Accent on Living
ORATORY is with us once again throughout the land, surprising many who had thought, foolishly, that it was just about washed up. No one who seemed any great shakes as an orator had been heard from for years and years. The politician found that space for oratory was ever tighter in the press, while on TV panel shows any tendency to overextend himself brought pitying smiles or outright derision on the part of his questioners. It was rarely, indeed, that the ordinary politician was given a chance to unload at great length in print or on the air. For a time it looked as if we were putting aside a large national failing. But then came the conventions and the campaign. Our fancied security vanished at the first thump of the gavel.
Outstanding among the early symptoms of the oratorical flood to follow was the keynoter who was introduced in an informal preconvention interview as having “won honors for high school oratory.” To have done so, one gathered, was to have laid down an irresistible claim to a seat in the United States Senate and to high party responsibilities as well. In this case the senator was somewhere in his thirties, and much was made in the interview of a youth-will-be-served speculation, to which the senator ungrudgingly assented: it was time, he felt, for the youngsters to take over. Surely somewhere in the audience, when the senator did take over with his keynote speech, was his high school elocution teacher, fondly watching the erstwhile pupil strut his stuff. The senator proved, in the event, to be a man of many forefingers, brandishing them earnestly throughout a speech that seemed much longer than it probably was. Of its content I retained only one strong impression: a young windbag is just as tiresome as an older one.
It is doubtful whether oratory can win many battles, or even skirmishes, but it does hold enormous protective and distractive uses for a politician suddenly nailed by an embarrassing question. “What do you think of Senator Blank’s speech?” demands a TV interviewer, thrusting a microphone at the candidate.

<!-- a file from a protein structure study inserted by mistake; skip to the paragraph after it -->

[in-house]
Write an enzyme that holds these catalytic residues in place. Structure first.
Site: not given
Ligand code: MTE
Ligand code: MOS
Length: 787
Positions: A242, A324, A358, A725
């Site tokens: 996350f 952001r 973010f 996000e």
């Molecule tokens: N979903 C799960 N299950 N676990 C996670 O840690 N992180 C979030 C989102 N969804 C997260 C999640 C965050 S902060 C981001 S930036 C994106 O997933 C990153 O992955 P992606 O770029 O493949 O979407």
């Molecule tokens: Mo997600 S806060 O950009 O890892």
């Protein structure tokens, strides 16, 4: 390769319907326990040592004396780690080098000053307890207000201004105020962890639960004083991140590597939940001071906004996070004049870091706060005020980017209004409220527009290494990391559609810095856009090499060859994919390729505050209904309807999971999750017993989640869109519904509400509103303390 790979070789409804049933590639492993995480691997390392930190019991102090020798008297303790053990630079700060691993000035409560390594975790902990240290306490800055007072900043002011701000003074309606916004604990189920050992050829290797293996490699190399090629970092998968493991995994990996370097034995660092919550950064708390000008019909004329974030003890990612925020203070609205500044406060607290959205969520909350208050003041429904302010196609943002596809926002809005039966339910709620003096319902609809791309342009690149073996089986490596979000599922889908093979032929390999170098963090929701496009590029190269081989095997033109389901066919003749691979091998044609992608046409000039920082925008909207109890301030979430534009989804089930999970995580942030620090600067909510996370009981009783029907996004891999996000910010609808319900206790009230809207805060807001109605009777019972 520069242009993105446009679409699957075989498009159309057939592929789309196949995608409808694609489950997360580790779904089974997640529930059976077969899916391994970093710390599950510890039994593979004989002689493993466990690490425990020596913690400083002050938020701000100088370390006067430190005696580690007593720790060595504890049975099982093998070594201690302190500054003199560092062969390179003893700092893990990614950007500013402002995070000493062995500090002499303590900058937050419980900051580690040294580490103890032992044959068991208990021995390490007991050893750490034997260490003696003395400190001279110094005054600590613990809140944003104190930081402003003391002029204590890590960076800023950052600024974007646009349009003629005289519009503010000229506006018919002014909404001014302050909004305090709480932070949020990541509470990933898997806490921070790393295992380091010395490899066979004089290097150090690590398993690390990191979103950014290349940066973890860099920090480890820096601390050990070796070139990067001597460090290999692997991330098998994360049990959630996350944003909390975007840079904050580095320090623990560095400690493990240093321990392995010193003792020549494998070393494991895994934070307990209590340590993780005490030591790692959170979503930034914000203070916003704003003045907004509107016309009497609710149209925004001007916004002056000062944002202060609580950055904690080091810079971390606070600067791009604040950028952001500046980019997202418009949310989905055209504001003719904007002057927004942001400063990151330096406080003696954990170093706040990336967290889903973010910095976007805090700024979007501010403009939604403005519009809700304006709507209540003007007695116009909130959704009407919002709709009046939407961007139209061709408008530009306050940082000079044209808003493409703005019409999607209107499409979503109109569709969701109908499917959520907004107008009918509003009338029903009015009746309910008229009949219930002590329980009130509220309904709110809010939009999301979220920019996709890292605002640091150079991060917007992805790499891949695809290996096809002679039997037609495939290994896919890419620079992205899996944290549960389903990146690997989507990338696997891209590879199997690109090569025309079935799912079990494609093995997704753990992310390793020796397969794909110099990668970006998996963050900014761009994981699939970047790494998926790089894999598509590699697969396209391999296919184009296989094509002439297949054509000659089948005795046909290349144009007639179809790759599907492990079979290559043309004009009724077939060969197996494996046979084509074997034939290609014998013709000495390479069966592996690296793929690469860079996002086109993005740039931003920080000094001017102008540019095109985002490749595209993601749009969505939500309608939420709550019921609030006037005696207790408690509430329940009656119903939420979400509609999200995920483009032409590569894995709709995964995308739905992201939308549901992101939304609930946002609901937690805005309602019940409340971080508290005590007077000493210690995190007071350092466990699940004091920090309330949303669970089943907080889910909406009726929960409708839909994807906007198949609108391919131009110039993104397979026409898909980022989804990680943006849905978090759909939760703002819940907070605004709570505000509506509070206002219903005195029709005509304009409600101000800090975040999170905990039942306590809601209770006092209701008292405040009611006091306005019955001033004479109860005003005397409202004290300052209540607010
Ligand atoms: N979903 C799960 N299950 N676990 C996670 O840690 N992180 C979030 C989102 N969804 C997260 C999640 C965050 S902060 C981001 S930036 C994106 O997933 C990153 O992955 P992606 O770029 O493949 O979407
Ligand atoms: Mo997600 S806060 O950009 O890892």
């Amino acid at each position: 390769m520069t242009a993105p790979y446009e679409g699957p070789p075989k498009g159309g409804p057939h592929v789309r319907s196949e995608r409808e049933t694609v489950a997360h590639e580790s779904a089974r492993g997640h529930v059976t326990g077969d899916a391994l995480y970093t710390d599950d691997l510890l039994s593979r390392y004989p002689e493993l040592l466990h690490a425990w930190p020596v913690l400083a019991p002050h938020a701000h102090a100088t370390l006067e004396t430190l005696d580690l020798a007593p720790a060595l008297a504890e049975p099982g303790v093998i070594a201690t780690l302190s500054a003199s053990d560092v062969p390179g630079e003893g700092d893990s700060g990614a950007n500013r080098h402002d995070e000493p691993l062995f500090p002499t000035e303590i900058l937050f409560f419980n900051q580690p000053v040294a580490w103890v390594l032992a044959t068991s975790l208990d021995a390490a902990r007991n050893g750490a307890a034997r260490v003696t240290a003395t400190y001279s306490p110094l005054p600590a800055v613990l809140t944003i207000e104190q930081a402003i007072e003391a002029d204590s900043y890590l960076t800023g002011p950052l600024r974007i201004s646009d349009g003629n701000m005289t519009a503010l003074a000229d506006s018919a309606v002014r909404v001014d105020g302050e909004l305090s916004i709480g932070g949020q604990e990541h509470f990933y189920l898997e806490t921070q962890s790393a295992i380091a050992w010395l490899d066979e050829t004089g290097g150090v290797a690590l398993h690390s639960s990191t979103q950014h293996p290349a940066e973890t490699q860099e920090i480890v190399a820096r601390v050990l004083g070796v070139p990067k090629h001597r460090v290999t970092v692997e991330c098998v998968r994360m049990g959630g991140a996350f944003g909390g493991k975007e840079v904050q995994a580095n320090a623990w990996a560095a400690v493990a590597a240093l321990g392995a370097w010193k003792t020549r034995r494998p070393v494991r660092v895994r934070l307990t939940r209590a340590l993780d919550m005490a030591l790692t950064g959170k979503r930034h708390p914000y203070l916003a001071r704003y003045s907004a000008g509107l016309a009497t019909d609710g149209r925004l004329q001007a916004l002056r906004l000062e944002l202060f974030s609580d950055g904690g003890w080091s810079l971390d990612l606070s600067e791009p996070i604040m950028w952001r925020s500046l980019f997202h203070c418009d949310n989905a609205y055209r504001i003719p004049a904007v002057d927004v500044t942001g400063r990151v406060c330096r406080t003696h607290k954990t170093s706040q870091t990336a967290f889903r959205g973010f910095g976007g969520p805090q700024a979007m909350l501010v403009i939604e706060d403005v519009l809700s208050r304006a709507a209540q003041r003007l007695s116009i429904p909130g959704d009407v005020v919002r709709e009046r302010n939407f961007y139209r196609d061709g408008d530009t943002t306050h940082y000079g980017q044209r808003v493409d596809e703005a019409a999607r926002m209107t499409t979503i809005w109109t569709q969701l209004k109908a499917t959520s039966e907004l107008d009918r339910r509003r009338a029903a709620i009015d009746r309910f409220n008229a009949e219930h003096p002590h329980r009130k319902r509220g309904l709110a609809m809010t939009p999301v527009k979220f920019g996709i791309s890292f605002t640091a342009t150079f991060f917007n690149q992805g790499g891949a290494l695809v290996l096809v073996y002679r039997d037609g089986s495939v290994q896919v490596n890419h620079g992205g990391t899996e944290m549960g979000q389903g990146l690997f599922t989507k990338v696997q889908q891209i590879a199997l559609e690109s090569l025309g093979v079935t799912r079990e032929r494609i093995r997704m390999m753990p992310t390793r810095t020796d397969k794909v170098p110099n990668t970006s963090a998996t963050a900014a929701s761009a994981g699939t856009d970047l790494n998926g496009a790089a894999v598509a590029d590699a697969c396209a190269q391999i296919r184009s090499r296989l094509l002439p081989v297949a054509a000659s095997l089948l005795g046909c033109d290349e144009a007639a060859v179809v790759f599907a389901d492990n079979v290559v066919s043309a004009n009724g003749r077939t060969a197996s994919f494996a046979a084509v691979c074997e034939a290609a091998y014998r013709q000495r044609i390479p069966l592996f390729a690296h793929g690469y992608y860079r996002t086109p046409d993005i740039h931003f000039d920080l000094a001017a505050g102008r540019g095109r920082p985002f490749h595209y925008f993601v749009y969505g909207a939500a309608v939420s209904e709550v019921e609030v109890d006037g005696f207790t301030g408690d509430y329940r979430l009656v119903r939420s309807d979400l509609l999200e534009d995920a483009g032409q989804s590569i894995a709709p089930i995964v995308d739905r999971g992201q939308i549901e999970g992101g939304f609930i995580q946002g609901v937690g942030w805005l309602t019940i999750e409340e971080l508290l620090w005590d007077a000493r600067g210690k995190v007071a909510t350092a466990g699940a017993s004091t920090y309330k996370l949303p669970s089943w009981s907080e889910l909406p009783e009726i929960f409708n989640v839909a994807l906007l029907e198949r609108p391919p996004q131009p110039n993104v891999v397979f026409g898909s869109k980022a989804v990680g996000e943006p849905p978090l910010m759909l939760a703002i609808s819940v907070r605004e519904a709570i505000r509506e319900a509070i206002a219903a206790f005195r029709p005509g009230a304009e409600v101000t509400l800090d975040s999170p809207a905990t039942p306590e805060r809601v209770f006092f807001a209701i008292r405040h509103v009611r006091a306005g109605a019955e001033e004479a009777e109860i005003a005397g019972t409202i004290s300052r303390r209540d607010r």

Senator Blank’s speech had been blunt and forthright. The heat was on. For it or against it? Speak up, speak up. “You ask me a very timely question,” replies the candidate, with a great air of satisfaction. “It is a question that I am only too glad to answer. . . .”
This is perhaps not pure oratory, in the beseeching sense, but it includes a vast quantity of words as it goes along. From its bulk we learn an important fact about the political interview: the longer the answer, the fewer the questions and the more camera time for the candidate. So, he continues: “. . . long service togather in the Yewnited States Senate . . . basic fundamental American principles . . . always entertained the greatest admiration . . . courage . . . fundamental basic . . . friendship . . . loyal . . . devotion . . . ideals . . . tireless. . . .
“And let me say further . . . personal qualities . . . husband and father . . . honesty . . . unswerving basic fundamental . . . finest tradition . . . humanity . . . state and nation.”
So much for the plug. Then comes the swerve: “Naturally, there have been — and are — issues on which we have not always been in agreement. His concept . . . fundamental basic . . . common good . . . not necessarily the same . . . conscience . . . call them as I see them, and that is what I like to think we mean by Democracy.”
Both presidential candidates seem to have inclined, over the years, more to the conversational than the oratorical. But a national election campaign can affect men strangely. Sooner or later they’ll both be waving and pounding and forefingering, at the top of their voices, just like the Boy Orator from the Platte in premicrophone days.
CHARLES W. MORTON